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Landscape restoration for greater sage-grouse: implications for multiscale planning and monitoringAuthor(s): Michael J. Wisdom; Mary M. Rowland; Miles A. Hemstrom; Barbara C. Wales
Source: In: Shaw, Nancy L.; Pellant, Mike; Monsen, Stephen B., comps. 2005. Sage-grouse habitat restoration symposium proceedings; 2001 June 4-7, Boise, ID. Proc. RMRS-P-38. Fort Collins, CO: U.S. Department of Agriculture, Forest Service, Rocky Mountain Research Station. p. 62-69
Publication Series: Proceedings (P)
Station: Rocky Mountain Research Station
PDF: Download Publication (375 B)
DescriptionHabitats and populations of greater sage-grouse (Centrocercus urophasianus) have declined throughout western North America in response to a myriad of detrimental land uses. Successful restoration of this species' habitat, therefore, is of keen interest to Federal land agencies who oversee management of most remaining habitat. To illustrate the challenges and potential for landscape restoration, we summarized recent findings of restoration modeling for sage-grouse in the Interior Northwest. Changes in amount and quality of habitat were evaluated under proposed Federal management and under two restoration scenarios. Under the two scenarios, the rate of habitat loss was reduced and the quality of habitat was substantially improved compared to proposed management. These results have direct implications for restoration planning and monitoring. First, a strategic, multiscale approach is needed that links the scale of the stand with scales of the seasonal, year-round, and multipopulation ranges of sage-grouse. Second, consideration of connectivity across scales is essential. Third, extensive and sustained use of a holistic suite of passive and active restoration treatments is needed. And finally, monitoring of both habitat and population responses across scales is critical. We offer suggestions on these and related points for effective restoration planning and monitoring of sage-grouse habitat.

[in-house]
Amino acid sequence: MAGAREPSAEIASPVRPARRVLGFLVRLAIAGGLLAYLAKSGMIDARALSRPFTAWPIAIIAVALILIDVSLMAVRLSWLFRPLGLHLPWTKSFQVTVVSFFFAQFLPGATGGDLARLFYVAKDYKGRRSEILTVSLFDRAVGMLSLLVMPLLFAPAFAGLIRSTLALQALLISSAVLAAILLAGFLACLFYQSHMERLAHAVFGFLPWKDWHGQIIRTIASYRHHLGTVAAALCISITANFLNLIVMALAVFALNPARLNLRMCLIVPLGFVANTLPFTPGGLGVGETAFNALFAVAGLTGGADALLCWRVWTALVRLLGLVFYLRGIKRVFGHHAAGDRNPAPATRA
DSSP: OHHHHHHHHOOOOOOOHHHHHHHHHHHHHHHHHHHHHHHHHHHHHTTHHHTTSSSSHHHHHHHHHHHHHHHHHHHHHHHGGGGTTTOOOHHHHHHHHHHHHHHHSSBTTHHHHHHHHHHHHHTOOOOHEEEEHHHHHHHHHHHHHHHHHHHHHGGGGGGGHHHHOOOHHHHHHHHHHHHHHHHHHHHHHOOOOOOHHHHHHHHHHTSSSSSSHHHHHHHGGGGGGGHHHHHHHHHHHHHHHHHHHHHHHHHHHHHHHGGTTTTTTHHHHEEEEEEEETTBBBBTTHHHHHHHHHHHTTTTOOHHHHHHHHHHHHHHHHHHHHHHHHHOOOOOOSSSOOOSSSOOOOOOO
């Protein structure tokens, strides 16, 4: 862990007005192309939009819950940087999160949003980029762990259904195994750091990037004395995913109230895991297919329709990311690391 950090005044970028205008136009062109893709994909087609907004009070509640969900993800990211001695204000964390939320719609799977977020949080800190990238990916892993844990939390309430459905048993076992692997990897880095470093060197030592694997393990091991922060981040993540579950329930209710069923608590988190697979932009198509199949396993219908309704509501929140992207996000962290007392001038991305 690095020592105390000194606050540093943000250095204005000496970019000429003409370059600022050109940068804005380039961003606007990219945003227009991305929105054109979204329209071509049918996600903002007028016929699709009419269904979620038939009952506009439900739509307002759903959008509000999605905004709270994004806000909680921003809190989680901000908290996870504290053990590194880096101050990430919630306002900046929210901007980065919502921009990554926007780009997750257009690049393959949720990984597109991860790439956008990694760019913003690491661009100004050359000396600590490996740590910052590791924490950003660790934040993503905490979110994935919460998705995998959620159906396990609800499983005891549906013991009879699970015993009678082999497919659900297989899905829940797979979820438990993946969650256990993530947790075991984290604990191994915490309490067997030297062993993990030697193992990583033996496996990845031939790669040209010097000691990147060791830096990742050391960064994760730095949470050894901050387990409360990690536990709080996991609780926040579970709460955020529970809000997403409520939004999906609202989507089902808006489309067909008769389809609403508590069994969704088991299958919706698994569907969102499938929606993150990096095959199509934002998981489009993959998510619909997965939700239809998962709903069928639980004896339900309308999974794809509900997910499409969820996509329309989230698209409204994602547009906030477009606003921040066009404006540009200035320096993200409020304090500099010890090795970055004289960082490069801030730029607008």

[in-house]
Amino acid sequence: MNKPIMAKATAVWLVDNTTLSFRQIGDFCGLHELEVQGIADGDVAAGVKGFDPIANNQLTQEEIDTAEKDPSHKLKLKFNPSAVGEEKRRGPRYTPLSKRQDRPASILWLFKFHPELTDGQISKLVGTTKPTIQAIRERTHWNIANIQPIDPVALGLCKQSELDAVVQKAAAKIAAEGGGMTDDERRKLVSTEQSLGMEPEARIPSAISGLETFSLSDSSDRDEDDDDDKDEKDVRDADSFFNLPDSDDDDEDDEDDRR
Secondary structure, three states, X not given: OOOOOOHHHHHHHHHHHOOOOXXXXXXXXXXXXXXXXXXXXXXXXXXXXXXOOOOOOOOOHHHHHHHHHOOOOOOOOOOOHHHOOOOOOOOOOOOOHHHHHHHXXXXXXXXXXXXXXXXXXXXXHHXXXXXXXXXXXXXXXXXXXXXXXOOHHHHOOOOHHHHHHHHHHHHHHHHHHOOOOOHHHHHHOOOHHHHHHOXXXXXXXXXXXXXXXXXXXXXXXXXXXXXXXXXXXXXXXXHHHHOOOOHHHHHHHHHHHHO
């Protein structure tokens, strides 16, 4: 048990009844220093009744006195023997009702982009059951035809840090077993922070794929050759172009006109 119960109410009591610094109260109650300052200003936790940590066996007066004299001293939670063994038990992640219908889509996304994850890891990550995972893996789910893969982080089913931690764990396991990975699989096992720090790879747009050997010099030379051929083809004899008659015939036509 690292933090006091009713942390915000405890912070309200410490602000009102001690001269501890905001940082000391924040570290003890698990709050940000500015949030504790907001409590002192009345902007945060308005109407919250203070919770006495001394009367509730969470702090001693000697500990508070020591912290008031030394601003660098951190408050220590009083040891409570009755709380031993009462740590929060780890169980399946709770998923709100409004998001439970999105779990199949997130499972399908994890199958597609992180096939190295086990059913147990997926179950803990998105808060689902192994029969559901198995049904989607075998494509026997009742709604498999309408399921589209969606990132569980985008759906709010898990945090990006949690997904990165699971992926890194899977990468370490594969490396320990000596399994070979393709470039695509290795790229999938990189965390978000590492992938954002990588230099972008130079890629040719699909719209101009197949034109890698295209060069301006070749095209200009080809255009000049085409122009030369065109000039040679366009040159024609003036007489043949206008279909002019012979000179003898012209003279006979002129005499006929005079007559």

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CitationWisdom, Michael J.; Rowland, Mary M.; Hemstrom, Miles A.; Wales, Barbara C. 2005. Landscape restoration for greater sage-grouse: implications for multiscale planning and monitoring. In: Shaw, Nancy L.; Pellant, Mike; Monsen, Stephen B., comps. 2005. Sage-grouse habitat restoration symposium proceedings; 2001 June 4-7, Boise, ID. Proc. RMRS-P-38. Fort Collins, CO: U.S. Department of Agriculture, Forest Service, Rocky Mountain Research Station. p. 62-69
Keywordsgreater sage-grouse, Centrocercus urophasianus, restoration, habitat
- Sage-grouse habitat restoration symposium
- Reptiles under the conservation umbrella of the Greater sage‐grouse
- Ecology of greater sage-grouse in the Dakotas
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